Friday, June 08, 2007

It's Not Cricket

“Why,” asked my wife, “are you always poking a stick at the English?”
She meant British, but she’s from Texas and, like many Americans, is not heavily into the subtle nuances of the thing.
It gave me pause for thought. Then I realised that it was simply because the Brits are such an easy target. All one has to do is to read the morning papers and, voila, you have enough material for a complete comedy show.
There is no other nation, certainly not in Europe, that has, what is often referred to, as freedom of speech. Every paper and Internet news site, having dug up some scurrilous bit of “news,” invites comments from its readers and there is no IQ test of the contributor before they publish.
“Can’t you find something snide to say about the Spanish, Germans or French for a change,” she continued.
So I turned to the French press. And all I could find was news.
Le Figaro was about the most entertaining. They did have a small piece on the release of Paris Hilton, without much in the way of comment, and a cartoon of George Bush and Angela Merkel with Pinnochio-like noses, but that was about it for fun. Not much to go on there and there wasn’t even a space for me to get my comments published.
And the French government are, well, just plain boring. No Patricia Hewitts, John Prescotts or junior ministers anxious to stick warning labels on every bottle of plonk or to interfere in the life of the family. It’s enough to give anyone writer’s block.
So sadly I had to revert to the British.
Cricket was a dignified game when I went to school over there and, as I now have to follow the game, courtesy of the media, I turn to the BBC website to read the over by over commentary. But no longer are there the John Arlotts, Rex Alstons or Brian Johnstons contributing. Now the stuff seems to be written by some retarded juvenile, obsessed with his own importance, who, once in a while mentions the state of play, but who spends most of the time publishing inane E-Mails he has received from equally obnoxious viewers.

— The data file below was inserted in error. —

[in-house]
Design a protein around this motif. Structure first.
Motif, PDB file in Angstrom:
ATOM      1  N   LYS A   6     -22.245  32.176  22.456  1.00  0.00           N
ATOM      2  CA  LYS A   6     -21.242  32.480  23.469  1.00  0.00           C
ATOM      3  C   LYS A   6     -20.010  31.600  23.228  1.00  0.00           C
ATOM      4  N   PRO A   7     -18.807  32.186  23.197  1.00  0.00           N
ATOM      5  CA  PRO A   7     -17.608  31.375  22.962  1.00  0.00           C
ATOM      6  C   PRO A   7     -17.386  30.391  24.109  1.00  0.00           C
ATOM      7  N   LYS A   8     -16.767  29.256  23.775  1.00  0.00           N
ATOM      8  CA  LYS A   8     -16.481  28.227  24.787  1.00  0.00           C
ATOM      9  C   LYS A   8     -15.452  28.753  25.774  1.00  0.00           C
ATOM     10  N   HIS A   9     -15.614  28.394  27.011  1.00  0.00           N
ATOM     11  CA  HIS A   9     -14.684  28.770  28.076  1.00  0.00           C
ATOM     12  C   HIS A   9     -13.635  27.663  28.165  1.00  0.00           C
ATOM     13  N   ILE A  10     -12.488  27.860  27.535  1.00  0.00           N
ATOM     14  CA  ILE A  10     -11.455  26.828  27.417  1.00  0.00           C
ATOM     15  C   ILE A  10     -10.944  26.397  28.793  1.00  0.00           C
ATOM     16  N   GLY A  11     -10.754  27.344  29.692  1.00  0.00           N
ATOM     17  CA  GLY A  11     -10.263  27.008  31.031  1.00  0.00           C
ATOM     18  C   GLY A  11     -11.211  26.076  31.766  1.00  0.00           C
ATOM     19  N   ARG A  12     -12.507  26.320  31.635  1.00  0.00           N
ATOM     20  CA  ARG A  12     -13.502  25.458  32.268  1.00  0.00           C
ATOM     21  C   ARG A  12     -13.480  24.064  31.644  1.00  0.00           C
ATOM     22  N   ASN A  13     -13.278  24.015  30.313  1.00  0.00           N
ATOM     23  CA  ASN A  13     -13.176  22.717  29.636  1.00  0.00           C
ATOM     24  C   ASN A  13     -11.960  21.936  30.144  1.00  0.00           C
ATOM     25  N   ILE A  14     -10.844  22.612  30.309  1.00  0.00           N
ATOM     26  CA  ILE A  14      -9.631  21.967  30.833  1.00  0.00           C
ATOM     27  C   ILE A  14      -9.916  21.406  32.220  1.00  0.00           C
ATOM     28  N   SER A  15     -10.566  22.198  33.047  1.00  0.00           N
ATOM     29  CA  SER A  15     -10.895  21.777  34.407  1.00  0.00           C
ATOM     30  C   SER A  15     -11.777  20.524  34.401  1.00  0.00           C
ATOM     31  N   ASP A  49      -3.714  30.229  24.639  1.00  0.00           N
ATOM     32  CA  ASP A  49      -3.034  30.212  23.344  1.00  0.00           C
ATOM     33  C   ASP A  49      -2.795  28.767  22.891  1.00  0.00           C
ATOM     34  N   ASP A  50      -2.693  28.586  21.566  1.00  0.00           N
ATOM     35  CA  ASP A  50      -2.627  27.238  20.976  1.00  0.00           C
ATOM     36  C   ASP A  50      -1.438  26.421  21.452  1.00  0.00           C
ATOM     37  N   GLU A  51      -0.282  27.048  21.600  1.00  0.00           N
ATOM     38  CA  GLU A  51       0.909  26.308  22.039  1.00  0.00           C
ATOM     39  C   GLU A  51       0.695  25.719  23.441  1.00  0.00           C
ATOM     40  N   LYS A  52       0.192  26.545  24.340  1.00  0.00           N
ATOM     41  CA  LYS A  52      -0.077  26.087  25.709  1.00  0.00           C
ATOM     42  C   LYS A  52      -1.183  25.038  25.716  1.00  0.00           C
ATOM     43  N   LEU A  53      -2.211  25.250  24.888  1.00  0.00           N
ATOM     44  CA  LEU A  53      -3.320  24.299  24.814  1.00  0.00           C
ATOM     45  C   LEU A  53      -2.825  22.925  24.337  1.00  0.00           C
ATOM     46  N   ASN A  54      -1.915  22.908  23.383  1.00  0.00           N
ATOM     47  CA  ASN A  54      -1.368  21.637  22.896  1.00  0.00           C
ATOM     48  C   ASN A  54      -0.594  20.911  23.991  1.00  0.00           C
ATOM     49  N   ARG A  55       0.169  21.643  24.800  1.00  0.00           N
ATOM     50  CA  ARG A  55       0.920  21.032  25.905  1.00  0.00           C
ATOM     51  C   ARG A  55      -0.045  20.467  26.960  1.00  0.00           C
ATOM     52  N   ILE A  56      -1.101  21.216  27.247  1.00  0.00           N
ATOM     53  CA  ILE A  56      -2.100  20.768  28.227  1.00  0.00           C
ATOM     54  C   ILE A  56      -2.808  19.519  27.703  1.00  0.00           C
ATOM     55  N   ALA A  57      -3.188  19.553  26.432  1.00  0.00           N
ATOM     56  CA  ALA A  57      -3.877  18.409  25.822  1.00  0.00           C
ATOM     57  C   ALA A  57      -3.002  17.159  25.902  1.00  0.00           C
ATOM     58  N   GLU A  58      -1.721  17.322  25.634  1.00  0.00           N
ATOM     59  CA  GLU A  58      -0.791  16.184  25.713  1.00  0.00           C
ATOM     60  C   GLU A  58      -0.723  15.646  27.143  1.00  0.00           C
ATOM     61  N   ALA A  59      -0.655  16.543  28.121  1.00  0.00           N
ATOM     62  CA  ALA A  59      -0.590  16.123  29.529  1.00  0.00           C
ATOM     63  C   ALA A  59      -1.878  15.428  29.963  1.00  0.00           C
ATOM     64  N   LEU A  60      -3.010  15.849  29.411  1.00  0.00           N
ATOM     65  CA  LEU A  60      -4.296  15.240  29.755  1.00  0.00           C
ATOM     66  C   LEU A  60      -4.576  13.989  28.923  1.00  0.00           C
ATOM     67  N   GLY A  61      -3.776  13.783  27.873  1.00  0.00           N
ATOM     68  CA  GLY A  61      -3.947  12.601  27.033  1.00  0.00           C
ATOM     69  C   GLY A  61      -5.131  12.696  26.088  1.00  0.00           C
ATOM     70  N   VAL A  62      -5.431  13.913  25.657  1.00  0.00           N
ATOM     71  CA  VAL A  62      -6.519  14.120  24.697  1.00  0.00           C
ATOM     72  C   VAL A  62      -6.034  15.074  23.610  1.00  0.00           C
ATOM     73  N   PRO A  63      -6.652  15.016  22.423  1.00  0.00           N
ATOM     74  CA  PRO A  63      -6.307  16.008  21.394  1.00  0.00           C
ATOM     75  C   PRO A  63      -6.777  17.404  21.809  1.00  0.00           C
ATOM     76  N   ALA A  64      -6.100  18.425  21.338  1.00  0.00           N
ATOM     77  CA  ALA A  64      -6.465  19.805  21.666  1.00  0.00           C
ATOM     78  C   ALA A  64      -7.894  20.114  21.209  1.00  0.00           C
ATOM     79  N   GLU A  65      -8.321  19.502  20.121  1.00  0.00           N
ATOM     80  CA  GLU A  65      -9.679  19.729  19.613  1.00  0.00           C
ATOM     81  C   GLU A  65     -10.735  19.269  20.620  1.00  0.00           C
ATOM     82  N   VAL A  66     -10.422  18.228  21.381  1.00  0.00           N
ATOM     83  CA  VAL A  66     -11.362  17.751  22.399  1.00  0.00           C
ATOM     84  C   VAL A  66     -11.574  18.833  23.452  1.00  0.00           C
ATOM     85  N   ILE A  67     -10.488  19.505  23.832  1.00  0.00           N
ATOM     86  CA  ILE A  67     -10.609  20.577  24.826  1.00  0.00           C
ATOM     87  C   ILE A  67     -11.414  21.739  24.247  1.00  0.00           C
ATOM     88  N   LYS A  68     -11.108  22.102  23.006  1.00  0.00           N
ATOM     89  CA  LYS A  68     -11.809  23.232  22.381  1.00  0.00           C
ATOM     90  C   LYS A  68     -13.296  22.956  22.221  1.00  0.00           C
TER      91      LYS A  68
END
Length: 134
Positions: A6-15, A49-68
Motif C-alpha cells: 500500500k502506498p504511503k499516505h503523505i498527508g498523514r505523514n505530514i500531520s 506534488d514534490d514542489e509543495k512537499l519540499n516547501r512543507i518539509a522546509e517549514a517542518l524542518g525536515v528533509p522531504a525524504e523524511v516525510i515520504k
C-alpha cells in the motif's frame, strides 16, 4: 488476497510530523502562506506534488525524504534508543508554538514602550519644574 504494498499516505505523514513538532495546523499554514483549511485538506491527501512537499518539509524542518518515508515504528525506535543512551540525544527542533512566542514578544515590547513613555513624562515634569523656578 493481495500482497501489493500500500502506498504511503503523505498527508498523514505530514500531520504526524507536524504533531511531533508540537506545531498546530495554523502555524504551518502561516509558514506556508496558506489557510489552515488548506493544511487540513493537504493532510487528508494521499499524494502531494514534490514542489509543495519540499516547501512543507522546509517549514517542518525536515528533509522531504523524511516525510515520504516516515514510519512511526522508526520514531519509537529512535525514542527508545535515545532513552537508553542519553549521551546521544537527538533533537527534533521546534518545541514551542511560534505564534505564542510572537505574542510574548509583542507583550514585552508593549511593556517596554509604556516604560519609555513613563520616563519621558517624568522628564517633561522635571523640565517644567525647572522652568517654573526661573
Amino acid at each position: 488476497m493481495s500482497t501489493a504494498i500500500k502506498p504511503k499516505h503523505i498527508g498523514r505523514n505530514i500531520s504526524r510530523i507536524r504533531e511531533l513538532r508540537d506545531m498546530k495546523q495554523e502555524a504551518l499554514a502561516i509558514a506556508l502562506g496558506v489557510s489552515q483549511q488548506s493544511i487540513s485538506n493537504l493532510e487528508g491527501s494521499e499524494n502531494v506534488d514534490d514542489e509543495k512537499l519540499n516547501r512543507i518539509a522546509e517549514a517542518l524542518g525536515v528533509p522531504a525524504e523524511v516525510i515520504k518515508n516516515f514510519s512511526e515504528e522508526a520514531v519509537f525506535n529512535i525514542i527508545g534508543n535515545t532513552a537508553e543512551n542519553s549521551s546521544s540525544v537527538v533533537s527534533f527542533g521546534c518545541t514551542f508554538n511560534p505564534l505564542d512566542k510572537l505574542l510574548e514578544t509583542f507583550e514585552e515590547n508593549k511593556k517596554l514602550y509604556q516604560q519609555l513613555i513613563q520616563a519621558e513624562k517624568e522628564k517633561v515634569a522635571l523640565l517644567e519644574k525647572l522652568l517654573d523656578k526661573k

The Guardian newspaper is even worse and only the Daily Telegraph has the good sense to restrict itself to printing the scorecard.
It was, I feel, much better in the days when contributions by readers to the newspapers were largely from retired military men, usually signing themselves, “Disgusted, Hove.”
At any rate, they knew how to spell and that you began sentences with a capital letter. Also, players were not called Vaughny, Belly, Straussy and suchlike schoolboy appellations.
Have to go now to write a letter to Le Figaro about their cartoon. I’ll be signing it “Dégoûte, Saumur.”



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